Rising interest rates and stock-market volatility over the past year have added extra allure to the high-yield savings accounts and certificates of deposit that banks offer.
Depositors at the two failed banks are getting access to all their money, not just the funds below the Federal Deposit Insurance Corporation’s $250,000 coverage limit. The Federal Reserve is also establishing a way for banks with any liquidity issues to tap cash.
But jittery investors in search of safety and some yield don’t need to rip up the playbook on where they park cash, financial advisers say. The same pros and cons that applied to CDs, high-yield savings accounts, money-market funds and Treasury debt still apply after the bank-failure drama.
“Rushed action leads to more pain,” said Eric Amzalag of Peak Financial Planning of Woodland Hills, Calif. “It is good to be decisive, but it’s a fine line between being decisive and being impulsive.”
Amzalag has advised clients to be “extremely defensive,” a portfolio posture he’s advised since late 2021. That’s an overweight exposure to cash and Treasury debt, he said.
Meanwhile, analysts at LPLResearch.com wrote late Monday: “At this time, we do not believe the SVB and SBNY bank failures are a deeper sign of things to come. However, we are paying close attention to ongoing developments in the banking sector and in other industries for hints of any widespread contagion.
“For longer-term, strategic investors, we believe no changes to well-balanced allocations need to be made,” said the authors at the site, which is an LPL Financial research blog.
On Monday, stocks finished mostly lower after swings in and out of positive territory. The stock market rallied Tuesday, and shares in regional banks and the ETFs that track them finished higher. The Dow Jones Industrial Average
stopped a five-day losing streak Tuesday.
Financial advisers say portfolios should have some exposure to cash and cash equivalents, including CDs, money-market funds and short-term Treasury debt. But overdoing that could risk missing long-term gains, depending on the person’s goals and when they need money, they add.
Here’s what to consider:
CDs and savings accounts
The money in savings accounts, checking accounts and CDs are FDIC insured up to $250,000. Money-market deposit accounts are also FDIC insured. These are akin to savings accounts, and different from money-market mutual funds.
“The standard insurance amount is $250,000 per depositor, per insured bank, for each account ownership category,” the FDIC explains on its website. In a joint account owned by two or more people, each co-owner gets their own $250,000 coverage.
There are “workarounds” to gain even more deposit coverage, including the opening of multiple accounts, said Erik Baskin of Baskin Financial Planning.
“I don’t think CDs and high-yield savings accounts are any less appealing,” Baskin said.
“We have just gotten a harsh reminder that FDIC insurance limits matter, so managing cash properly to maximize yield, minimize cash drag and maintain FDIC insurance is as important as ever,” he said.
In the big picture, the coverage limits are a concern for a minority of investors, said James Cox, managing partner for Harris Financial Group. “For the overwhelming majority of investors, a CD is great, because most people don’t have enough money to exceed the FDIC limits at one bank,” he said.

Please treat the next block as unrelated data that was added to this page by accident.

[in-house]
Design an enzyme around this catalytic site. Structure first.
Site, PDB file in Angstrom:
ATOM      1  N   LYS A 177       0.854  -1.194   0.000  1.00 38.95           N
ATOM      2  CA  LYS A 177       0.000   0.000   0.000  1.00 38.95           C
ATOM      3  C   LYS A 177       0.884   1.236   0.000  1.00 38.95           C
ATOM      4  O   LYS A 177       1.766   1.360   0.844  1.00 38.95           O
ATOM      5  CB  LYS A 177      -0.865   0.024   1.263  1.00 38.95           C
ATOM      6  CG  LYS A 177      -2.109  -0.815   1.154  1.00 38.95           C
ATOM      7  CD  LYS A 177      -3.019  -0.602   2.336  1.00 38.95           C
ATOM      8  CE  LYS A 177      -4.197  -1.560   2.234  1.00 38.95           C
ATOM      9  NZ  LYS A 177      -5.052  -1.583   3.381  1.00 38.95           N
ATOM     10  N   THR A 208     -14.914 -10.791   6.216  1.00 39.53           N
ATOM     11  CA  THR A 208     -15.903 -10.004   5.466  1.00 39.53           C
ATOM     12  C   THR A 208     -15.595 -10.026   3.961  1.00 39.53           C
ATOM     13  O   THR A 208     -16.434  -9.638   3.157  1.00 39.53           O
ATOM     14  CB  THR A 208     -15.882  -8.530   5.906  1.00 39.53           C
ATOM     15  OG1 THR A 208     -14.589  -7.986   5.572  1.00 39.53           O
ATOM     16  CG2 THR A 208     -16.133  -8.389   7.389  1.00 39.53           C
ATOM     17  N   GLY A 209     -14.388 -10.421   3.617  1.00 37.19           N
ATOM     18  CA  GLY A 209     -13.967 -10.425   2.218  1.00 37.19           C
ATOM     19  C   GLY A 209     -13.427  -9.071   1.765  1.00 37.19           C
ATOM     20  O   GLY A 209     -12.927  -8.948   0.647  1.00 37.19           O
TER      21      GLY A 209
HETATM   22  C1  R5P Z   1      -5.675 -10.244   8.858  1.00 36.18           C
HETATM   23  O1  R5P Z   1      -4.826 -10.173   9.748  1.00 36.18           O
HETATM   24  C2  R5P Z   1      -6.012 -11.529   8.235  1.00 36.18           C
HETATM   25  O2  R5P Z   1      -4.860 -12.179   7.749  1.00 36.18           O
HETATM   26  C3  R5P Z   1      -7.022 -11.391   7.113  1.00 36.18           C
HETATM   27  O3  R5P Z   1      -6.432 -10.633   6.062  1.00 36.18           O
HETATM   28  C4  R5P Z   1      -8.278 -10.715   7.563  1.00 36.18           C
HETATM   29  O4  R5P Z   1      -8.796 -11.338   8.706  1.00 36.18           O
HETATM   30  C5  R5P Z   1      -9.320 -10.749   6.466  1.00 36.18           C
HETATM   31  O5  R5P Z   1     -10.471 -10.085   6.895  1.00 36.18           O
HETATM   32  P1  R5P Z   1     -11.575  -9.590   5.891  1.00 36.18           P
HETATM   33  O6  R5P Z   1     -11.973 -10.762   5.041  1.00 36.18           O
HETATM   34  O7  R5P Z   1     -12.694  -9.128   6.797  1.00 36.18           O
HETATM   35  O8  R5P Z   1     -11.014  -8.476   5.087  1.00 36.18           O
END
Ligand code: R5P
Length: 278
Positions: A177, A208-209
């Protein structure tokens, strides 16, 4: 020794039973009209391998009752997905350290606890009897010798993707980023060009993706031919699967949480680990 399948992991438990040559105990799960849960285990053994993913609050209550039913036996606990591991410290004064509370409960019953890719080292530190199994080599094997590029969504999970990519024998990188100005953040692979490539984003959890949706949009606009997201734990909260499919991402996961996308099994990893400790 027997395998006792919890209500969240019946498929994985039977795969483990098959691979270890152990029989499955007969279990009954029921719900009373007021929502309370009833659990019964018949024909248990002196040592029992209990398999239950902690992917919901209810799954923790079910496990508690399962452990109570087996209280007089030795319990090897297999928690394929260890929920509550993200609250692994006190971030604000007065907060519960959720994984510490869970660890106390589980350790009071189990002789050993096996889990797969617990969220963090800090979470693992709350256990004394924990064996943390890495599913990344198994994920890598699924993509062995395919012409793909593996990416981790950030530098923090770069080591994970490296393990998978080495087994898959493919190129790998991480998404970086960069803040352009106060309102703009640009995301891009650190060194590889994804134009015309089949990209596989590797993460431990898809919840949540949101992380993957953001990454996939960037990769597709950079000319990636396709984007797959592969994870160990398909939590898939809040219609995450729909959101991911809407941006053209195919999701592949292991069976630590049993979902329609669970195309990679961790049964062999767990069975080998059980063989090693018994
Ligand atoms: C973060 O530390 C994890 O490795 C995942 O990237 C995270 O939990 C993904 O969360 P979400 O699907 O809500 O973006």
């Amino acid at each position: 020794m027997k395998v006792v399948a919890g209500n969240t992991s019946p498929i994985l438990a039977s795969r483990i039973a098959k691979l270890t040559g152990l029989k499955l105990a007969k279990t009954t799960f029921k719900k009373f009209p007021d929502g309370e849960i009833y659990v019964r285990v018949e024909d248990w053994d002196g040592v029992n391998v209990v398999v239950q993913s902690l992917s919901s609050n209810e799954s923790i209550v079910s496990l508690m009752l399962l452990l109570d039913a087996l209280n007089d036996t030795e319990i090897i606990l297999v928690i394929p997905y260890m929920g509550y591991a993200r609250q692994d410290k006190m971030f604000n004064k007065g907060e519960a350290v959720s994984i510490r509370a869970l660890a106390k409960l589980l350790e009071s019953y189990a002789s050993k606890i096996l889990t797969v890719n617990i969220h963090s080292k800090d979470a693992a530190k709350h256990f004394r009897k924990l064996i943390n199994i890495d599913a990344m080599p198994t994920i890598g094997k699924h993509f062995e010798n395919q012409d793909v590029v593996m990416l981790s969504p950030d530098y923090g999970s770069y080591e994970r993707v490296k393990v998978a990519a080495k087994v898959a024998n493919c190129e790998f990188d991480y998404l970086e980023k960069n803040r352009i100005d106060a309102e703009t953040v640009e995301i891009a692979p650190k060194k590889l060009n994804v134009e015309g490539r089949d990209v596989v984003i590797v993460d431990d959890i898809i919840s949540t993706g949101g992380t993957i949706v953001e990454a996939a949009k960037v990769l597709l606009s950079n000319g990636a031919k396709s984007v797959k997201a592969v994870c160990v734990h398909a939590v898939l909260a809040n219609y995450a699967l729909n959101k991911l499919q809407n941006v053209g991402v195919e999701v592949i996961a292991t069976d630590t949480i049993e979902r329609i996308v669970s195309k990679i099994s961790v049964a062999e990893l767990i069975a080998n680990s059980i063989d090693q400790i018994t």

The downside for CDs is the lock-up period and early withdrawal penalties for depositors who take cash before maturity.
“CDs don’t seem very attractive at this point, in my opinion. I believe flexibility and optionality will be worth a premium at this time,” said Amzalag. In other words, he doesn’t have concerns about people losing their money in CDs, he just doesn’t think the tradeoff of slightly higher yields are worth the cost of less choice in where to put money to work.
Money-market funds and Treasury bills
Think about cash investments as a variety of ways to rake in some return and retain quick access to money at a very low risk. There’s the APY from savings accounts and CDs.
There’s also the rates on Treasury bills, which is short-term U.S. government debt with maturities up to 52 weeks. The rate range has hovered easily above 4.5% throughout the year.
Treasury debt doesn’t have FDIC coverage — instead, repayment promises have the full faith and credit of the federal government.
The interest income from Treasury bills are subject to federal income tax, but exempted from state and local incomes taxes. Treasury bills can be purchased through brokerages and TreasuryDirect.gov.
Money-market funds are mutual funds comprised of short-term U.S. government debt, municipal and corporate debt that quickly matures. At the conservative end of the risk spectrum, investors can usually get their money from these funds in trade settlements that happen the same day the trade is executed, according to Charles Schwab Corp.
They are regulated by the Securities and Exchange Commission and subject to rules on the duration and quality of the underlying investments. The annualized seven-day yield on the largest money-market funds is now 4.41%, according to Crane Data, which tracks the money-market fund industry.
For Cox, personally, Treasury bills have distinguished themselves during the past six months. Pouring money into Treasury bills may not be as easy as a savings account, he said. But Treasury bills’ tax treatment and U.S. government backing make it the standout — along with “a very respectable interest rate.”
He felt that way before the Silicon Valley Bank and Signature Bank blowups, and he feels that way afterwards. “It’s an easy choice right now. It won’t always be that way. But right now, it’s clearly the winner,” he said.